• 2. Week Theme: Social Cultural Practices Skill: 4.2 Identifying registers 4.3 Identifying controlling idea / intended message. 5.2 Describing states & processes 5.5 Classifying information Topic: The Cretan Diet – A 4,000 – year – old Recipe for Longevity? Teacher’s Worksheet States is 273g per person while it is a mere 35g in Crete. Honey is a long-standing fixture of the diet and goes back to Minoan times, and so does wine, which is consumed in moderation and is said to contribute to the health benefits of the diet. Last but foremost is one of the most well-known features of the Cretan Diet – the olive oil. That oh-so-precious liquid, which was traded as a luxury good by the Minoans, is used in every step of Cretan cooking. It is the quintessential Cretan ingredient, and it has always been praised for its health properties. So the Cretan Diet is simple and straightforward, but does it really work? When you meander along the winding roads of inland Crete, you come across ancient-looking men on their way to inspect their wrinkles and age under the hot Cretan sun. Meanwhile, in town, old women dressed in black sit on chairs in front of their dazzling white houses and gossip with their neighbours, full of life and energy. So yes, there are many healthy- looking old people around and is therefore not too surprising that Keys would have noticed this too. But observation in itself is no proof and Keys’ survey was the first of many to demonstrate the health benefits of the Cretan Diet. Keys and his colleagues looked at Crete and Corfu (as their benchmark for Greece), Italy, Yugoslavia, the Netherlands, Finland, the United States and Japan. They compared statistics collected over 15 years and found that all, with the exception of Japan which compared relatively well, showed much higher levels of heart disease and forms of cancer in their population than that in Greece. This was enough to stir the interest of the scientific community. What started as a Crete-specific study gave rise to wider interest in the eating habits of the Mediterranean people as a whole. Features common to all of the Mediterranean countries were identified and the term ‘Mediterranean Diet” came to be used to describe a diet rich in fruits, vegetables, nuts, whole grains, and unsaturated fats such as olive oil, and low on saturated fat red meat and dairy products. Since then, there have been countless studies on the link between a Mediterranean-style diet and health, which have shown time and time again that such a diet could reduce the risk of heart disease, bowel cancer and other forms of cancer. One such study, published in the British Medical Journal in 2004, concluded that when subjects, all aged 60 and above, switched to a Mediterranean diet, their life was extended by up to 14%. Another study showed that the Asian population living in developed countries, which is at risk of Coronary Artery Disease (CAD), benefited greatly by switching to a Mediterranean – style diet which was just as effective as drug treatment. But the benefits of the Cretan Diet don’t stop at heart disease and cancer. A recent US study has shown that it can also help against dementia and Alzheimer’s disease. It’s never too late to start a healthy lifestyle and if you’re still not convinced, just go to Crete and look into the eyes of one of these proud old Cretan women. By Vinca Eppendahl Adapted from Just English. NI KMPP 08/09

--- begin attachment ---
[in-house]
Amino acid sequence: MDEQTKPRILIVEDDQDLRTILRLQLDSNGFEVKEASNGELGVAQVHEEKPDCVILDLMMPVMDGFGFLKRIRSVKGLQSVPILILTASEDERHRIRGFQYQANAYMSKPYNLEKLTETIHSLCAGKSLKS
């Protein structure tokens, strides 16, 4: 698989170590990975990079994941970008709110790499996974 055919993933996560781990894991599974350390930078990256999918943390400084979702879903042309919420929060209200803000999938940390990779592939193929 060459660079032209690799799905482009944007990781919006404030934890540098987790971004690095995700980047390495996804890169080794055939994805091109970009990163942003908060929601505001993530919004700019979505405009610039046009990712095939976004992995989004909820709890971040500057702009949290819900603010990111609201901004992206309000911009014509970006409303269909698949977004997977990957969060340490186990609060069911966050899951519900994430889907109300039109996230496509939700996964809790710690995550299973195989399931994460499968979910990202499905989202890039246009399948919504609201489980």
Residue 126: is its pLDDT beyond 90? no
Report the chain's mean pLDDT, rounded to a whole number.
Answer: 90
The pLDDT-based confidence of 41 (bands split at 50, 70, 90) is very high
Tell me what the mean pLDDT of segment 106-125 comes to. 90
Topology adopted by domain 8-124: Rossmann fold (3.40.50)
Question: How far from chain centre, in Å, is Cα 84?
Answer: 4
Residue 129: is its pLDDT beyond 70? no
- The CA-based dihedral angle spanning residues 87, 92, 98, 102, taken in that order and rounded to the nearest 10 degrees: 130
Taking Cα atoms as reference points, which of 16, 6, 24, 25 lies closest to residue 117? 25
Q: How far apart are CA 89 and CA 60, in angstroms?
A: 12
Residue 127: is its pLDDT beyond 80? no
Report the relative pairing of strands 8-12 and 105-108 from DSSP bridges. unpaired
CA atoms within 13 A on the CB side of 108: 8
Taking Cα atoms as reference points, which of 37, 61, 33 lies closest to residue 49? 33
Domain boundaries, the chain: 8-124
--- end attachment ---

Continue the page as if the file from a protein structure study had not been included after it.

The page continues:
• 3. Week Theme: Social Cultural Practices Skill: 4.2 Identifying registers 4.3 Identifying controlling idea / intended message. 5.2 Describing states & processes 5.5 Classifying information Topic: The Cretan Diet – A 4,000 – year – old Recipe for Longevity? Teacher’s Worksheet While Reading Task A Read the passage silently. Find the meanings of the highlighted words with the help of a dictionary. 1. Nutritionist: Someone who has a special knowledge of nutrition. 2. Suspicions: A notion or vague idea about something. 3. Longevity: The amount of time that someone or something lives. 4. Temperate: A type of weather or a part of the world that is never hot or very cold. 5. Civilisation: A society that is well organized and developed, used especially about a particular place or a particular time. 6. Legume: A plant such as a bean plant that has seeds in a pod. 7. Saturated fat: A type of fat from meat and milk products that is thought to be less healthy than other kinds of fat from vegetables or fish. 8. Meander: If a river, stream, road etc, it has a lot of bends. 9. Dementia: An illness that affects the brain and memory, and makes you gradually lose the ability to think and behave normally. 10. Alzheimer’s disease: A disease that affects the brain, especially of old people, and that gradually makes it difficult to move, talk, or remember things. Task B Answer the questions below. 1. Where is Crete Island? Crete is the fifth largest island in Mediterranean Sea and the most southerly point of Greece. 2. Who found out that men on the island of Crete lived longer than their European counterparts? Ansel Keys an American nutritionist. 3. What do the people of Crete Island do for living? They rely on farming and fishing. 4. What food groups make up the Cretan diet? The Cretan Diet is primarily based on fruits and vegetables. 5. Name two types of ‘saturated fats’. i: daily products such as butter, cheese ii: read meat such as meat from cows. 6. What is one of the most – known features of the Cretan diet? The olive oil. NI KMPP 08/09
  • 4. Week Theme: Social Cultural Practices Skill: 4.2 Identifying registers 4.3 Identifying controlling idea / intended message. 5.2 Describing states & processes 5.5 Classifying information Topic: The Cretan Diet – A 4,000 – year – old Recipe for Longevity? Teacher’s Worksheet Post Reading Task C Work in groups of four; look for one traditional custom that is practiced by different races in Malaysia and write a report explaining the custom in not more than 200 words. Example: The Malays practice very strict diet during confinement. Teacher explains in detail if needbe. NI KMPP 08/09